Savvy business owners realize the value of key employees. The savviest business owners consider the execution of a strong non-compete agreement with key employees to avoid costly fallout when key employees leave the business.
The loss of client lists, pricing models, customer relationships, and business goodwill—along with the loss of key employees themselves—could prove to be damaging and costly to a business. Non-compete agreements are vital instruments for businesses to protect against such losses, and are becoming more common in technology, medicine, and service-oriented industries, among other fields.
Consider a few of the many issues that should—or must—be addressed in order to create a legally enforceable and workable non-compete agreement with an employee:
Legal Requirements. State statutes and case law vary as to how broad or narrow non-compete agreements will be enforced. In Oregon, for example, non-compete agreements will only be enforced if:
The employer informs the employee in a written employment offer received by the employee at least two weeks before the first day of the employee’s employment that a noncompetition agreement is required as a condition of employment, or the noncompetition agreement is entered into upon a subsequent bona fide advancement of the employee by the employer;
The employee is an individual engaged in administrative, executive, or professional work who performs predominantly intellectual, managerial or creative tasks, exercises discretion and independent judgment, and is paid on a salary basis;
The employer has a “protectable interest,” which includes but is not limited to when an employee has access to trade secrets, or access to competitively sensitive confidential business information or professional information; and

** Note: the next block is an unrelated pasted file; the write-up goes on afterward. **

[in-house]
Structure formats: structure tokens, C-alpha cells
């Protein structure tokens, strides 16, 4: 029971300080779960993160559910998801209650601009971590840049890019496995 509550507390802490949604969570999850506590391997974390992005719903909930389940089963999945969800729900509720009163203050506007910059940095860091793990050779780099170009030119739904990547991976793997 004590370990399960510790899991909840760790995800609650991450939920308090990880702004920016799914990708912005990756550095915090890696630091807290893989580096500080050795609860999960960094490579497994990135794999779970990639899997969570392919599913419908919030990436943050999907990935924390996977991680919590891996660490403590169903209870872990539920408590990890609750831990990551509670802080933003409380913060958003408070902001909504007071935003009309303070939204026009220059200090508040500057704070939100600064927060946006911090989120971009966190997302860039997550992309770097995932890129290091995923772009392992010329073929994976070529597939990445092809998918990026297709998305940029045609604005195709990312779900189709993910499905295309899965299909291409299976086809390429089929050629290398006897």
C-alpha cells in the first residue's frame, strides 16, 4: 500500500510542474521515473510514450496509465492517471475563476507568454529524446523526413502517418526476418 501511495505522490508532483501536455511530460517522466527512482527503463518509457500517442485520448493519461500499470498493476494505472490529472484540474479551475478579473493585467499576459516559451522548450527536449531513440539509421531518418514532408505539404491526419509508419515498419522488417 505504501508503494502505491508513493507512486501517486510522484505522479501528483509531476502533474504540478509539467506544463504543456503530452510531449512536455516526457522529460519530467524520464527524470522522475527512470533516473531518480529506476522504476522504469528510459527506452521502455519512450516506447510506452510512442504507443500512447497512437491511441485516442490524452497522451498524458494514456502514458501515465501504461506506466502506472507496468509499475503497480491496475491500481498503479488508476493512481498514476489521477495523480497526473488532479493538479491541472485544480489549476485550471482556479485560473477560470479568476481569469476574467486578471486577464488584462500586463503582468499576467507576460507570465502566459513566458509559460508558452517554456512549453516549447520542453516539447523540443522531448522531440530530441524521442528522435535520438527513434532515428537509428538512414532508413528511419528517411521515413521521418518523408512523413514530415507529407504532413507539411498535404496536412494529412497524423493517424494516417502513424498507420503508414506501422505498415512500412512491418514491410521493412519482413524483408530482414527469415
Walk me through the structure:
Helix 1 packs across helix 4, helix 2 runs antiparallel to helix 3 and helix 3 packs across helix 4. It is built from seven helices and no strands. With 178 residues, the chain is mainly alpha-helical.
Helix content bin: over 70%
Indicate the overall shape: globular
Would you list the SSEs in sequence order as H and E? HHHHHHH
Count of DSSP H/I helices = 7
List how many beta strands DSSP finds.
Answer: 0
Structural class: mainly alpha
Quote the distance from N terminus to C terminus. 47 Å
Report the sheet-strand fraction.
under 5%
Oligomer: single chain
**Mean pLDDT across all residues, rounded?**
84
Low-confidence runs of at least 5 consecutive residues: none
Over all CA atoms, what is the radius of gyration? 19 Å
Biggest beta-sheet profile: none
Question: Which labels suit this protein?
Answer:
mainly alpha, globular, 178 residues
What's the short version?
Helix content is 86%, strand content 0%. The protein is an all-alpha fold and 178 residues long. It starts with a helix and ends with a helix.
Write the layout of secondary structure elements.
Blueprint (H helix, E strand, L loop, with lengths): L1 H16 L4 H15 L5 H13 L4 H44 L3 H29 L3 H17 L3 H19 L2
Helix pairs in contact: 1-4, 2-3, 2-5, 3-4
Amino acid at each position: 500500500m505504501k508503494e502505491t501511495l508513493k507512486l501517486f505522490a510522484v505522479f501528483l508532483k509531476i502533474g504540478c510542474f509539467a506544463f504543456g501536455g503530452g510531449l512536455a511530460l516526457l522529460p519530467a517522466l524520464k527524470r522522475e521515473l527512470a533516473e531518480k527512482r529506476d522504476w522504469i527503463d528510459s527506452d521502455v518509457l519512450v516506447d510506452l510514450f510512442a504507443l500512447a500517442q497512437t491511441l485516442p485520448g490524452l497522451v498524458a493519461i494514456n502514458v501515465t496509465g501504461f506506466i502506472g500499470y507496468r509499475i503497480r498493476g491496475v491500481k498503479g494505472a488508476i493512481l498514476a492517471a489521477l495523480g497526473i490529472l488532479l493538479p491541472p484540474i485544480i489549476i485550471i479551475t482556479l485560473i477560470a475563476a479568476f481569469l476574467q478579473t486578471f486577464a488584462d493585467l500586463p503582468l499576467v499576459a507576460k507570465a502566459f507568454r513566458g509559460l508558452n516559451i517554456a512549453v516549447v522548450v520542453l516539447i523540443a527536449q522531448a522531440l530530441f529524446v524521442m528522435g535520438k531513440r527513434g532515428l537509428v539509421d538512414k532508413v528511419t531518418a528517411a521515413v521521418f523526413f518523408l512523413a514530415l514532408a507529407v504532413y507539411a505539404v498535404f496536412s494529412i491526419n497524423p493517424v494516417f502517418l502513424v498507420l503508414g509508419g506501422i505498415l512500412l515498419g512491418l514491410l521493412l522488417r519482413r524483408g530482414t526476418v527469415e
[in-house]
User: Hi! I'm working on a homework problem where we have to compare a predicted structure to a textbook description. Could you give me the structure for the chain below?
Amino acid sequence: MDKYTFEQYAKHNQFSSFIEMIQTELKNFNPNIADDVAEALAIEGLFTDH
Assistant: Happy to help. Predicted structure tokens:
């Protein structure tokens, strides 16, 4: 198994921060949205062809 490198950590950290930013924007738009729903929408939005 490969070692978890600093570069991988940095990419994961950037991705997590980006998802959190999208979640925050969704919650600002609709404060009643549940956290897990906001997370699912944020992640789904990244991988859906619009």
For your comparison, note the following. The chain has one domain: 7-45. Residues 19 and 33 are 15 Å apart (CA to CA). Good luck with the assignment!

The total amount of the employee’s annual gross salary and commissions, calculated on an annual basis, at the time of the employee’s termination exceeds the median family income for a four-person family, as determined by the United States Census Bureau. The annual gross salary and commissions threshold in 2013 was $67,315.
Case law also contains requirements regarding the “reasonableness of time and geographic restrictions,” among other requirements. While a full discussion of such requirements are beyond the scope of this article, suffice it to say that a well-crafted, enforceable non-compete agreement could save a costly legal endeavor in the long run.
Practical Considerations. Which categories of “key employees” will be required to sign non-compete agreements? If a prospective employee refuses to sign a non-compete agreement, should you proceed with the employment relationship anyway? In the long run, given your employer-employee relationship, would non-compete agreements suppress motivation or creativity? Is a non-compete agreement practical or advisable given your particular business model or industry? These are all questions that should be vetted prior to consideration of crafting and executing non-compete agreements.
Execution of non-compete agreements—and litigation over non-compete agreements—has increased substantially over the last decade. Given the legal and practical issues that abound when an employer considers a non-compete agreement with a key employee, the advice of a trusted adviser is critical to enforceability of the instrument, and making informed decisions for important relationships with key employees.